The javelin thrower from Biglerville High is still running athletic departments after all these years.
And to think there was a time, maybe the most difficult of his life, when it looked as if Dick Dull would never go back to college sports again.
It was much more than a bad week or month or even a year.
Dull, who went on to star in track and field at the University of Maryland, was the athletic director there in the early- and mid-1980s when the school reached new heights on the basketball court and football field.
But things suddenly crashed around him in June 1986, after the fatal cocaine-induced heart attack of basketball player Len Bias, who had just become the second pick in the NBA draft by the Boston Celtics.
Soon enough, the sports world also learned that Bias had flunked classes in his final semester and dropped others.
As national media intensity and pressure overwhelmed, university officials decided the way to push forward was to ask for Dull's resignation and then force out coach Lefty Driesell.
For the next 10 years, Dull did what he could to get by -- real estate, consulting work, living on his savings.
He didn't even file income tax reports for two of those years because he earned less than $7,500.
"The stain of being at Maryland..." he said. "I could not get a job interview (in athletics) for 10 years."
All of the emotions, the anger and depression, "I survived it. No one can ever bring Len Bias back, and that I regret. He was a wonderful young man."
But, "that experience taught me to look to the future without anxiety. Nothing's likely to be as bad as what we went through after his death. I go forward knowing I can handle what is sent my way."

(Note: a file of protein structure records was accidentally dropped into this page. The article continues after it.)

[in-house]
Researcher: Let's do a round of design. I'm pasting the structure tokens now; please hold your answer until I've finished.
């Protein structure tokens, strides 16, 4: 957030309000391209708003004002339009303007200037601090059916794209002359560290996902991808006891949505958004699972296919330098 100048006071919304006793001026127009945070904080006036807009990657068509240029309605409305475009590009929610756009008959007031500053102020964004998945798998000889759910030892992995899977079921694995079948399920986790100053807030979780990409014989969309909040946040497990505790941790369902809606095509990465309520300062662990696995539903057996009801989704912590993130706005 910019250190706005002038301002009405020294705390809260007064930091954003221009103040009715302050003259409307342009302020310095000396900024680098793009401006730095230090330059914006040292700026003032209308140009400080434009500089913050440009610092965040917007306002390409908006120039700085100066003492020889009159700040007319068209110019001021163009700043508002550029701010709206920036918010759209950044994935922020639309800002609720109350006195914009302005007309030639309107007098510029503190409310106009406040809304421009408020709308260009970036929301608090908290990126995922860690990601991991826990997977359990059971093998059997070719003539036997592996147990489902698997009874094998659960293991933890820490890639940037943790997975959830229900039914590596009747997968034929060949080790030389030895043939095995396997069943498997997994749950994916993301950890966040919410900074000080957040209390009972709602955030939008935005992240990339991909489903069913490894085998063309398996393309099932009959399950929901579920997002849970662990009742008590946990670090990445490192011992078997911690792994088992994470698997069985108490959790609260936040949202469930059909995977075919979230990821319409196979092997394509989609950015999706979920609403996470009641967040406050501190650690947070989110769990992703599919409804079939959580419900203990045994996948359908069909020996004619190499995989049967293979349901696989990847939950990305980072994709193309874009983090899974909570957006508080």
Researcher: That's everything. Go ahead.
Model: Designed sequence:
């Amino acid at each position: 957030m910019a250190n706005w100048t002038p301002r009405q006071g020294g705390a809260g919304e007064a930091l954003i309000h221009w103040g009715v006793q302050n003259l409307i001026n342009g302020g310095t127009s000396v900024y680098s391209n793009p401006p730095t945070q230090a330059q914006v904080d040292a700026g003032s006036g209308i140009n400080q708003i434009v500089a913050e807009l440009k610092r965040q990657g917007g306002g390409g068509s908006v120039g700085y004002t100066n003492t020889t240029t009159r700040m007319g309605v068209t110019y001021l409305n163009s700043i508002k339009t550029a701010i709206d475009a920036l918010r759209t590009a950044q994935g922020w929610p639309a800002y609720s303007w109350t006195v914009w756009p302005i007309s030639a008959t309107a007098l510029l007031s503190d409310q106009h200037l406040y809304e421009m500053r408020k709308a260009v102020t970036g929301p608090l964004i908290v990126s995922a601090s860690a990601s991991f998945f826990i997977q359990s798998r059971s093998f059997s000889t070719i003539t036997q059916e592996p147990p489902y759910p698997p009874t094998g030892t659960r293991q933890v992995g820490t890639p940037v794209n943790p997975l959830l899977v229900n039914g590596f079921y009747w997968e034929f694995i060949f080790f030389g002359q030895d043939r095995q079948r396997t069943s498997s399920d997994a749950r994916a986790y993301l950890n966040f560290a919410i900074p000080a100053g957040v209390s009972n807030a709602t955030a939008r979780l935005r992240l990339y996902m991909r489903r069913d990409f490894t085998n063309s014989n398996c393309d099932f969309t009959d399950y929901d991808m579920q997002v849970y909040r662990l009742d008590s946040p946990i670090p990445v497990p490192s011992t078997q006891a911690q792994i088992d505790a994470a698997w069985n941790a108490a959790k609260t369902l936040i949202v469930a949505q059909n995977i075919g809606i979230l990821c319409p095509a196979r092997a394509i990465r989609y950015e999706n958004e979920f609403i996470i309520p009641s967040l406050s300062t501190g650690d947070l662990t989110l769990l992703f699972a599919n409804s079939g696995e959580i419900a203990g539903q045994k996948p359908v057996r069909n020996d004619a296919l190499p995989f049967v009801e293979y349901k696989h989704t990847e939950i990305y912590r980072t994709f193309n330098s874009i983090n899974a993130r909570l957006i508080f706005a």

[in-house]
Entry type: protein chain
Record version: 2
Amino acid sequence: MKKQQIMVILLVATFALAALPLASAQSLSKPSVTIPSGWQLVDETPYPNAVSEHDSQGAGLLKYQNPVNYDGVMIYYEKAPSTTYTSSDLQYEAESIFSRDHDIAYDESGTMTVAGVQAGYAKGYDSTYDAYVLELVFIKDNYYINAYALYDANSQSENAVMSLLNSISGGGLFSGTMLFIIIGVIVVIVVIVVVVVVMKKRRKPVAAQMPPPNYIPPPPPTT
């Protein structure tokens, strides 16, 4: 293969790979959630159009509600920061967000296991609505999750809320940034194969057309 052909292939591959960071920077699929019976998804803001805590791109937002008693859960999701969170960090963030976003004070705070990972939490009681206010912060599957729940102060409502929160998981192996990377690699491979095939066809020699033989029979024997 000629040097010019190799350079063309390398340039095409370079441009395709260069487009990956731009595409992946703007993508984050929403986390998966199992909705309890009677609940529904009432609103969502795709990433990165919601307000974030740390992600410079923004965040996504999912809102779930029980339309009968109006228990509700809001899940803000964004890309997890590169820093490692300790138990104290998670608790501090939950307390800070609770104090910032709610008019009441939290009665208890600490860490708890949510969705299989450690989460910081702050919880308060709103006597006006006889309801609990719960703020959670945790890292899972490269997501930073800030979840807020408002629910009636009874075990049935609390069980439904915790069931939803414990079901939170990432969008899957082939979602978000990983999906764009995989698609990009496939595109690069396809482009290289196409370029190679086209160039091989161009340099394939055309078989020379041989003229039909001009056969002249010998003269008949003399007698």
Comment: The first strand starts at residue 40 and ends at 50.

Though Dull was a decent basketball player at Biglerville, he was truly special at the javelin.
He won a state title as a sophomore and suffered severe elbow ligament damage the next year but recovered to finish second in the state as a senior. He's still the school record-holder (198 feet,
6 inches) more than 40 years later.
His greatest triumphs, though, came at the University of Maryland.
He won an Atlantic Coast Conference javelin title and finished in the top 10 in the NCAA championships as a senior.
He earned his law degree and later took a huge pay cut -- $22,000 to $8,500 -- to get back into athletics as an assistant ticket manager at Maryland.
He worked his way up to athletic director in 1981.
His football and men's basketball teams won ACC titles, and his women's basketball team made it to the Final Four.
Then came Bias' death.
And those 10 long, lost years.
Finally, he landed the AD job at the University of Nebraska-Kearney, a Division II school. And life, in a way, started over.
He eventually earned another Division I job at Cal-State Northridge in Los Angeles, serving as athletic director for seven years.
Even after retiring and moving back east to be close to his son, the pull was too difficult to resist.
It's been more than a year since Belmont-Abbey College, a small Catholic school just south of Charlotte, N.C., lured him out of retirement to lead its athletic department.
He's content knowing that he's still able to work his dream, all of these years later.
"I don't need to be the AD at Penn State or Maryland but just some place where I can make a contribution," said Dull, who is in his early 60s. "I've got some gray in my hair, but I think I'm still young inside."